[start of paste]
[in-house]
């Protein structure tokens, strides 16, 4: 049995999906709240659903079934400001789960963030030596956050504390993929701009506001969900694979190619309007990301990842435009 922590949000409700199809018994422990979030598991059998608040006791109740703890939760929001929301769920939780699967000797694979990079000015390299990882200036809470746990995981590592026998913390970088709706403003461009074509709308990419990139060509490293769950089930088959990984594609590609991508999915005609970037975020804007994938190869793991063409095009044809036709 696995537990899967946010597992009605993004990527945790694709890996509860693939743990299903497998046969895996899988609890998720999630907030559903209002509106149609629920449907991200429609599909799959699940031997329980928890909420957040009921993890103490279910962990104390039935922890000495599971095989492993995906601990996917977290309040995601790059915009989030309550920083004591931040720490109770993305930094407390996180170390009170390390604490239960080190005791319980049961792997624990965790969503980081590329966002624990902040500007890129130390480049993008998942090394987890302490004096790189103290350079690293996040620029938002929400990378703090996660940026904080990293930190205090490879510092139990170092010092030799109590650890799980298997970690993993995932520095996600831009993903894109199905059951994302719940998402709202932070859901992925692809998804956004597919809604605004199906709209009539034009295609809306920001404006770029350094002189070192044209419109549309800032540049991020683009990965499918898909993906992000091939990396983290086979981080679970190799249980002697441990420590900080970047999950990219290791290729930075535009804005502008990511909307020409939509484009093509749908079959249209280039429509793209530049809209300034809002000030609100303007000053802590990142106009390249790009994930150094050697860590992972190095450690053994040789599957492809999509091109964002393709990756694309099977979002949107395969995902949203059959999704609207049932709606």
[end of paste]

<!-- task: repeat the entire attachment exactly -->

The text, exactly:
[in-house]
């Protein structure tokens, strides 16, 4: 049995999906709240659903079934400001789960963030030596956050504390993929701009506001969900694979190619309007990301990842435009 922590949000409700199809018994422990979030598991059998608040006791109740703890939760929001929301769920939780699967000797694979990079000015390299990882200036809470746990995981590592026998913390970088709706403003461009074509709308990419990139060509490293769950089930088959990984594609590609991508999915005609970037975020804007994938190869793991063409095009044809036709 696995537990899967946010597992009605993004990527945790694709890996509860693939743990299903497998046969895996899988609890998720999630907030559903209002509106149609629920449907991200429609599909799959699940031997329980928890909420957040009921993890103490279910962990104390039935922890000495599971095989492993995906601990996917977290309040995601790059915009989030309550920083004591931040720490109770993305930094407390996180170390009170390390604490239960080190005791319980049961792997624990965790969503980081590329966002624990902040500007890129130390480049993008998942090394987890302490004096790189103290350079690293996040620029938002929400990378703090996660940026904080990293930190205090490879510092139990170092010092030799109590650890799980298997970690993993995932520095996600831009993903894109199905059951994302719940998402709202932070859901992925692809998804956004597919809604605004199906709209009539034009295609809306920001404006770029350094002189070192044209419109549309800032540049991020683009990965499918898909993906992000091939990396983290086979981080679970190799249980002697441990420590900080970047999950990219290791290729930075535009804005502008990511909307020409939509484009093509749908079959249209280039429509793209530049809209300034809002000030609100303007000053802590990142106009390249790009994930150094050697860590992972190095450690053994040789599957492809999509091109964002393709990756694309099977979002949107395969995902949203059959999704609207049932709606």